A Retrospective Review - Anti-HLA Antibodies

This study has been withdrawn prior to enrollment.
(Not a Clinical trial. Retrospective Data review only.)
Sponsor:
Information provided by (Responsible Party):
Robert Bray, PhD, Emory University
ClinicalTrials.gov Identifier:
NCT00460824
First received: April 16, 2007
Last updated: December 29, 2013
Last verified: December 2013
  Purpose

Transplant rejection following organ transplant occurs because the recipient's immune system attacks the transplanted organ. The recipients immune system recognizes the transplanted organ as foreign tissue and attempts to destroy it in the similar way that it attempts to destroy infectious agents such as bacteria and viruses. The human leukocyte antigen (HLA) system is a set of genes that is responsible for controlling an individuals' ability to tell the difference between an infectious agent and self tissue.

Differences in HLA genes between donors and recipients play a major part in influencing the rejection or acceptance of foreign tissue (i.e. transplanted organs). Due to time limitations in heart transplantation, HLA matching is not considered. It is unclear how individual HLA differences affect the recovery and expected lifespan of pediatric heart transplant recipients.

This study is designed to look at the donor-recipient matching and mismatching to determine if mismatching leads to more complications, shorter graft survival and, therefore, increased risk of death following pediatric heart transplantation.


Condition
Congenital Disorders

Study Type: Observational
Study Design: Time Perspective: Retrospective
Official Title: A Retrospective Review of Anti-HLA Antibodies and Donor Crossmatch Results as a Predictor of Pediatric Heart Transplant Outcomes

Resource links provided by NLM:


Further study details as provided by Emory University:

Enrollment: 0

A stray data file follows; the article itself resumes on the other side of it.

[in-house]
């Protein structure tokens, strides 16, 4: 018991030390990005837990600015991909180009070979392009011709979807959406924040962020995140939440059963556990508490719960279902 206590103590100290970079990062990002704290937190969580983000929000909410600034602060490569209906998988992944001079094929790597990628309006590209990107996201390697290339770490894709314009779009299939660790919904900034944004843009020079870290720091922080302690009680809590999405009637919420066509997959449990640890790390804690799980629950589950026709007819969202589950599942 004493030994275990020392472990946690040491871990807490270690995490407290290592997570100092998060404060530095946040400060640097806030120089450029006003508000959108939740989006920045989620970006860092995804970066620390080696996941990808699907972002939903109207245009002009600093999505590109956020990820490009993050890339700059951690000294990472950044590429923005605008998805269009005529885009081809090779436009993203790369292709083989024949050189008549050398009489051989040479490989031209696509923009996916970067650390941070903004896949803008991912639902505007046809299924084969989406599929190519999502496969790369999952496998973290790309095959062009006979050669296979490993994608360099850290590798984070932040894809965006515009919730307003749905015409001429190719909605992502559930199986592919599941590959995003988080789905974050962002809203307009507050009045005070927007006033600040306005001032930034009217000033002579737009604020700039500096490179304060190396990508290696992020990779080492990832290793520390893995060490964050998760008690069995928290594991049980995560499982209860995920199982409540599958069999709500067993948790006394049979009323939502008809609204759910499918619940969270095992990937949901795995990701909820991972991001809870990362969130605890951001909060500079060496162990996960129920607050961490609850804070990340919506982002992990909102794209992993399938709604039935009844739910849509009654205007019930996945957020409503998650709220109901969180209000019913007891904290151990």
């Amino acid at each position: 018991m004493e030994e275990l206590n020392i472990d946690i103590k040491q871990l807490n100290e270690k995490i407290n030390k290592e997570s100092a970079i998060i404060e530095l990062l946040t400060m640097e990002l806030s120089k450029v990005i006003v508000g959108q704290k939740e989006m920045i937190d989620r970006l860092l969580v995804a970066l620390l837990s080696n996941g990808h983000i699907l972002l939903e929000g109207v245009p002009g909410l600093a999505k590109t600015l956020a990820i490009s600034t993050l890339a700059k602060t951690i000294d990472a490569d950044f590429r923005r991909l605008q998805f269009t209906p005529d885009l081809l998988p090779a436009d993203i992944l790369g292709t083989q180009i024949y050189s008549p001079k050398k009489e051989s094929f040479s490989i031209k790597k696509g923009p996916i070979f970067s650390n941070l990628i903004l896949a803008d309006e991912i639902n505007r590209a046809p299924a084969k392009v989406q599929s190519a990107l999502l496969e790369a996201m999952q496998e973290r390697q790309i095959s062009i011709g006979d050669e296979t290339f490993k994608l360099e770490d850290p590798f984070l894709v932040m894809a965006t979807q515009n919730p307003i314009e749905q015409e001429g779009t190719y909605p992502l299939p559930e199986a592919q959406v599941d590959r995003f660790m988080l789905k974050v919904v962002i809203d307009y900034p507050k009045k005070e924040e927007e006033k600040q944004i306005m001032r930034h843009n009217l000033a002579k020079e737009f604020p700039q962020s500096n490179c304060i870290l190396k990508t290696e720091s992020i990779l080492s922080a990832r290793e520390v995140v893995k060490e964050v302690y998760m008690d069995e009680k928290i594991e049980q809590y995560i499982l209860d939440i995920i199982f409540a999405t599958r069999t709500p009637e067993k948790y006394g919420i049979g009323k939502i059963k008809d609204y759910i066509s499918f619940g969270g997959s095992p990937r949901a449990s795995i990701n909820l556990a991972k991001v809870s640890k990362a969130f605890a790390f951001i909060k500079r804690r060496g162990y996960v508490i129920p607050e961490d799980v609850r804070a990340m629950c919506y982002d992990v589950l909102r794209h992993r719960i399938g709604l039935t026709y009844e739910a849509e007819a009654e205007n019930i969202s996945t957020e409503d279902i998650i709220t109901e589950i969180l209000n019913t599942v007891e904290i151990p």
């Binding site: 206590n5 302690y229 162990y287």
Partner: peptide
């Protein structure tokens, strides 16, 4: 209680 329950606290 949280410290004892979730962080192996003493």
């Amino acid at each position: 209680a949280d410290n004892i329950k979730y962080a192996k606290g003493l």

Study Start Date: July 1988
Detailed Description:

It is generally thought that immunologic mismatching in solid organ transplant will lead to increased rates of graft failure due to acute rejection in the short term and chronic rejection, or coronary vasculopathy in the longterm. Many studies in renal, pancreas and lung transplantation suggest favorable outcomes when HLA matching occurs and unfavorable outcomes when HLA mismatching occurs and circulating donor-specific antibodies are produced.

However, in heart transplantation this association is less clear. Advances in recognition and identification of HLA antibodies have resulted in more specific information regarding HLA mismatching and outcomes. This study is aimed at analyzing outcomes in pediatric heart transplant based on recipient-donor HLA incompatibility and the post-transplant production of donor-specific HLA antibodies.

Hypothesis:

  1. HLA systems' genes class I & II matching results in a survival/rejection benefit in pediatric heart transplant recipients.
  2. Mismatched transplants with donor-specific HLA antibodies have decreased overall survival.

A Multivariate Analysis of data will be performed by both Emory and Children's investigators and research support staff.

  Eligibility

Ages Eligible for Study:   up to 18 Years
Genders Eligible for Study:   Both
Accepts Healthy Volunteers:   No
Sampling Method:   Non-Probability Sample
Study Population
  • heart transplants at Childrens Healthcare of Atlanta, Egleston Hospital
  • transplants between July 1, 1988 through and including January 31, 2007
  • complete HLA data
  • survived more than 30 days after transplant
Criteria

Inclusion Criteria:

  • heart transplants at Childrens Healthcare of Atlanta, Egleston Hospital
  • transplants between July 1, 1988 through and including January 31, 2007
  • complete HLA data
  • survived more than 30 days after transplant

Exclusion Criteria:

  • subjects undergoing retransplant
  Contacts and Locations
Choosing to participate in a study is an important personal decision. Talk with your doctor and family members or friends about deciding to join a study. To learn more about this study, you or your doctor may contact the study research staff using the Contacts provided below. For general information, see Learn About Clinical Studies.

Please refer to this study by its ClinicalTrials.gov identifier: NCT00460824

Locations
United States, Georgia
Emory University
Atlanta, Georgia, United States, 30322
Sponsors and Collaborators
Emory University
Investigators
Principal Investigator: Robert Bray, PhD Emory University
  More Information

No publications provided

Responsible Party: Robert Bray, PhD, Professor, Emory University
ClinicalTrials.gov Identifier: NCT00460824     History of Changes
Other Study ID Numbers: IRB00003541
Study First Received: April 16, 2007
Last Updated: December 29, 2013
Health Authority: United States: Institutional Review Board

Keywords provided by Emory University:
transplant
HLA antibodies matching
immunologic mismatching

Additional relevant MeSH terms:
Antibodies
Immunologic Factors
Physiological Effects of Drugs
Pharmacologic Actions

ClinicalTrials.gov processed this record on July 20, 2014